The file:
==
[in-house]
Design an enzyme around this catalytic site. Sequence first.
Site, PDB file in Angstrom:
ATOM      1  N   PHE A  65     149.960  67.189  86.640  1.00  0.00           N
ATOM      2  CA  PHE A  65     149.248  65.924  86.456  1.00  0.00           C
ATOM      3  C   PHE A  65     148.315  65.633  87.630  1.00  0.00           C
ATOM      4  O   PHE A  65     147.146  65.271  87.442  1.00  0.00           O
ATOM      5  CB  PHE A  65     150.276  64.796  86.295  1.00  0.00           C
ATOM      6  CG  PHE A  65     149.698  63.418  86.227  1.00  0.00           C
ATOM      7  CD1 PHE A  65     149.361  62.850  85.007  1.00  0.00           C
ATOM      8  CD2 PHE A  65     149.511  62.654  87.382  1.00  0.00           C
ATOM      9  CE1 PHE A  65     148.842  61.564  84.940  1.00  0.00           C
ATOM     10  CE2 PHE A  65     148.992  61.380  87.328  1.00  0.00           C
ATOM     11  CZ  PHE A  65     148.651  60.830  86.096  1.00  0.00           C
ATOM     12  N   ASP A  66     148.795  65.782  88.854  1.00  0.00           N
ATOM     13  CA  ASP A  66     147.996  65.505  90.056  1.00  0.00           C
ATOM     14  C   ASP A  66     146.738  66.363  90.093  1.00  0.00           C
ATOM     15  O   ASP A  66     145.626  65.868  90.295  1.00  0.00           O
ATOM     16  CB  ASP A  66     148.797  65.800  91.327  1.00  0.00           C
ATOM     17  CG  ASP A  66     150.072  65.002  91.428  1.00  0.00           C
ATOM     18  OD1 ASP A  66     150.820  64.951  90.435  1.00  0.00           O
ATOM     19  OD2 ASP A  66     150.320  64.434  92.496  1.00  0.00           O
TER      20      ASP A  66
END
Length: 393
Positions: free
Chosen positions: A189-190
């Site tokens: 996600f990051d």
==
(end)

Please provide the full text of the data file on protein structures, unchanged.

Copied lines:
[in-house]
Design an enzyme around this catalytic site. Sequence first.
Site, PDB file in Angstrom:
ATOM      1  N   PHE A  65     149.960  67.189  86.640  1.00  0.00           N
ATOM      2  CA  PHE A  65     149.248  65.924  86.456  1.00  0.00           C
ATOM      3  C   PHE A  65     148.315  65.633  87.630  1.00  0.00           C
ATOM      4  O   PHE A  65     147.146  65.271  87.442  1.00  0.00           O
ATOM      5  CB  PHE A  65     150.276  64.796  86.295  1.00  0.00           C
ATOM      6  CG  PHE A  65     149.698  63.418  86.227  1.00  0.00           C
ATOM      7  CD1 PHE A  65     149.361  62.850  85.007  1.00  0.00           C
ATOM      8  CD2 PHE A  65     149.511  62.654  87.382  1.00  0.00           C
ATOM      9  CE1 PHE A  65     148.842  61.564  84.940  1.00  0.00           C
ATOM     10  CE2 PHE A  65     148.992  61.380  87.328  1.00  0.00           C
ATOM     11  CZ  PHE A  65     148.651  60.830  86.096  1.00  0.00           C
ATOM     12  N   ASP A  66     148.795  65.782  88.854  1.00  0.00           N
ATOM     13  CA  ASP A  66     147.996  65.505  90.056  1.00  0.00           C
ATOM     14  C   ASP A  66     146.738  66.363  90.093  1.00  0.00           C
ATOM     15  O   ASP A  66     145.626  65.868  90.295  1.00  0.00           O
ATOM     16  CB  ASP A  66     148.797  65.800  91.327  1.00  0.00           C
ATOM     17  CG  ASP A  66     150.072  65.002  91.428  1.00  0.00           C
ATOM     18  OD1 ASP A  66     150.820  64.951  90.435  1.00  0.00           O
ATOM     19  OD2 ASP A  66     150.320  64.434  92.496  1.00  0.00           O
TER      20      ASP A  66
END
Length: 393
Positions: free
Chosen positions: A189-190
């Site tokens: 996600f990051d």